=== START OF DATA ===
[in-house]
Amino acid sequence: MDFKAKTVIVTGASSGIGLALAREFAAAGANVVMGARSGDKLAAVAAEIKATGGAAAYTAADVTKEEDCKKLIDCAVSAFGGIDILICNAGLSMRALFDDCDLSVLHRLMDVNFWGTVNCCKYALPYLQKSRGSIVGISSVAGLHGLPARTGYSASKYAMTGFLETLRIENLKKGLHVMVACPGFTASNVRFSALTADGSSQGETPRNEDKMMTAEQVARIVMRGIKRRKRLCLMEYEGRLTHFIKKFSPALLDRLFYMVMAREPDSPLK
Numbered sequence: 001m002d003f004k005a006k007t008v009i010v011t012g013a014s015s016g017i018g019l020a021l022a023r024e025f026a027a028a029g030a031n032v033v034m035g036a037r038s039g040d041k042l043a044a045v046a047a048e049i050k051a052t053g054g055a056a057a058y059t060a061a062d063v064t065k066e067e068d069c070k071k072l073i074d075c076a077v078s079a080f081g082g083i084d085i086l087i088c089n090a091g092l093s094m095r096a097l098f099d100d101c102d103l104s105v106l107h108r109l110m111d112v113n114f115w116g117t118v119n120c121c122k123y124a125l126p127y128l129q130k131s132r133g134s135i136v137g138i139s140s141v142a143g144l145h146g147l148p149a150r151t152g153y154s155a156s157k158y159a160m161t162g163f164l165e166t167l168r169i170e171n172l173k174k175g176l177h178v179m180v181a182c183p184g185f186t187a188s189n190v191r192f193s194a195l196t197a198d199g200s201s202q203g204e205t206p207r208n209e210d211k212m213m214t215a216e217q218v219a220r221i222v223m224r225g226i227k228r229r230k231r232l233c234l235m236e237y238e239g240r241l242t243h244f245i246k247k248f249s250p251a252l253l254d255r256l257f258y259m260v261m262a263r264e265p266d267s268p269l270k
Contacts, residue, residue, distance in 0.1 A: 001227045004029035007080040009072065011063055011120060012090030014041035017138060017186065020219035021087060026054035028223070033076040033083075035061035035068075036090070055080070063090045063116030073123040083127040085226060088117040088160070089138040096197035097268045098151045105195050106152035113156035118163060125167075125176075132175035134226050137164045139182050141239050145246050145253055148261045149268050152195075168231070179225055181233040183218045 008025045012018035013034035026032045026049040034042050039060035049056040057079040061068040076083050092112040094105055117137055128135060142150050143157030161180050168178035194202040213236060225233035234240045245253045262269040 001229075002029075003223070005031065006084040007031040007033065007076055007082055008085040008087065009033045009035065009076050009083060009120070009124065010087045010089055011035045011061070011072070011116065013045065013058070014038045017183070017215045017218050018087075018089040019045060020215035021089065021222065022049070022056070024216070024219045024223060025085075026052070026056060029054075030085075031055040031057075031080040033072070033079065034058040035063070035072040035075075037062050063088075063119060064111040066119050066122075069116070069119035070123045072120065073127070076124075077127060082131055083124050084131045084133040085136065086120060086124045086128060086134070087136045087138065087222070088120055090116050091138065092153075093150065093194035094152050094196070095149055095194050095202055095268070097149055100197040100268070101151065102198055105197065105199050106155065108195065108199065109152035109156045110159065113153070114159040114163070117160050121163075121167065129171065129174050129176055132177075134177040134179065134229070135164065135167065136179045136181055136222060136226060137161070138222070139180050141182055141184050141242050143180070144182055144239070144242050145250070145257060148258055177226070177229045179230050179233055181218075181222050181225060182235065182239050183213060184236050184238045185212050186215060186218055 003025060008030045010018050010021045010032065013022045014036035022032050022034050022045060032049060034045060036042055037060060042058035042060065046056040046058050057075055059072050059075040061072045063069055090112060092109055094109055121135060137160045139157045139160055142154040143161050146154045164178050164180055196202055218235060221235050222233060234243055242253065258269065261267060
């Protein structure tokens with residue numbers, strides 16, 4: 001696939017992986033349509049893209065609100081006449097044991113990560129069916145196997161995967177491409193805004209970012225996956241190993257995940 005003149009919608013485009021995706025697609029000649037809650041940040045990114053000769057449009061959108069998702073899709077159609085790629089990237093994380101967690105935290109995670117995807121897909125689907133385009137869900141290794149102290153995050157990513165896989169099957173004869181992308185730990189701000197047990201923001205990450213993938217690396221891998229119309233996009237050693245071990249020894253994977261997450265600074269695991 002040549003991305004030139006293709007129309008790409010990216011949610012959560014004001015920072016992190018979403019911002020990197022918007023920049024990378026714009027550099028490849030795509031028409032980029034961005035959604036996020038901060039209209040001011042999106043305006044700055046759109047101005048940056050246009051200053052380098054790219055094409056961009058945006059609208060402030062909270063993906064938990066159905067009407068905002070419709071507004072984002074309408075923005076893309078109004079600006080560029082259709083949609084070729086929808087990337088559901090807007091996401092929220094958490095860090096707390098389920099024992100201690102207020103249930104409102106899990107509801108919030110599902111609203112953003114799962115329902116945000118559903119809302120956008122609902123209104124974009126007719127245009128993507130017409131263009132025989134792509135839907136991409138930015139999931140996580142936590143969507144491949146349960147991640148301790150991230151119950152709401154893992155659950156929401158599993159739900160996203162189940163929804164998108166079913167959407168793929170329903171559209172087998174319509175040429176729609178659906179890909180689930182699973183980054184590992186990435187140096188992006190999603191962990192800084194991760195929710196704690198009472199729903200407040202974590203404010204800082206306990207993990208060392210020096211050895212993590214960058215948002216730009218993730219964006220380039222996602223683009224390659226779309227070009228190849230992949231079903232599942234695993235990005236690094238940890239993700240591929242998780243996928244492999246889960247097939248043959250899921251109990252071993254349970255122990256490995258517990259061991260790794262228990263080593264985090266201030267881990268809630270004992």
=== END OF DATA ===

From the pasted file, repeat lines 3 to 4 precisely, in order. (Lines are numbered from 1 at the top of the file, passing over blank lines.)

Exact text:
Numbered sequence: 001m002d003f004k005a006k007t008v009i010v011t012g013a014s015s016g017i018g019l020a021l022a023r024e025f026a027a028a029g030a031n032v033v034m035g036a037r038s039g040d041k042l043a044a045v046a047a048e049i050k051a052t053g054g055a056a057a058y059t060a061a062d063v064t065k066e067e068d069c070k071k072l073i074d075c076a077v078s079a080f081g082g083i084d085i086l087i088c089n090a091g092l093s094m095r096a097l098f099d100d101c102d103l104s105v106l107h108r109l110m111d112v113n114f115w116g117t118v119n120c121c122k123y124a125l126p127y128l129q130k131s132r133g134s135i136v137g138i139s140s141v142a143g144l145h146g147l148p149a150r151t152g153y154s155a156s157k158y159a160m161t162g163f164l165e166t167l168r169i170e171n172l173k174k175g176l177h178v179m180v181a182c183p184g185f186t187a188s189n190v191r192f193s194a195l196t197a198d199g200s201s202q203g204e205t206p207r208n209e210d211k212m213m214t215a216e217q218v219a220r221i222v223m224r225g226i227k228r229r230k231r232l233c234l235m236e237y238e239g240r241l242t243h244f245i246k247k248f249s250p251a252l253l254d255r256l257f258y259m260v261m262a263r264e265p266d267s268p269l270k
Contacts, residue, residue, distance in 0.1 A: 001227045004029035007080040009072065011063055011120060012090030014041035017138060017186065020219035021087060026054035028223070033076040033083075035061035035068075036090070055080070063090045063116030073123040083127040085226060088117040088160070089138040096197035097268045098151045105195050106152035113156035118163060125167075125176075132175035134226050137164045139182050141239050145246050145253055148261045149268050152195075168231070179225055181233040183218045 008025045012018035013034035026032045026049040034042050039060035049056040057079040061068040076083050092112040094105055117137055128135060142150050143157030161180050168178035194202040213236060225233035234240045245253045262269040 001229075002029075003223070005031065006084040007031040007033065007076055007082055008085040008087065009033045009035065009076050009083060009120070009124065010087045010089055011035045011061070011072070011116065013045065013058070014038045017183070017215045017218050018087075018089040019045060020215035021089065021222065022049070022056070024216070024219045024223060025085075026052070026056060029054075030085075031055040031057075031080040033072070033079065034058040035063070035072040035075075037062050063088075063119060064111040066119050066122075069116070069119035070123045072120065073127070076124075077127060082131055083124050084131045084133040085136065086120060086124045086128060086134070087136045087138065087222070088120055090116050091138065092153075093150065093194035094152050094196070095149055095194050095202055095268070097149055100197040100268070101151065102198055105197065105199050106155065108195065108199065109152035109156045110159065113153070114159040114163070117160050121163075121167065129171065129174050129176055132177075134177040134179065134229070135164065135167065136179045136181055136222060136226060137161070138222070139180050141182055141184050141242050143180070144182055144239070144242050145250070145257060148258055177226070177229045179230050179233055181218075181222050181225060182235065182239050183213060184236050184238045185212050186215060186218055 003025060008030045010018050010021045010032065013022045014036035022032050022034050022045060032049060034045060036042055037060060042058035042060065046056040046058050057075055059072050059075040061072045063069055090112060092109055094109055121135060137160045139157045139160055142154040143161050146154045164178050164180055196202055218235060221235050222233060234243055242253065258269065261267060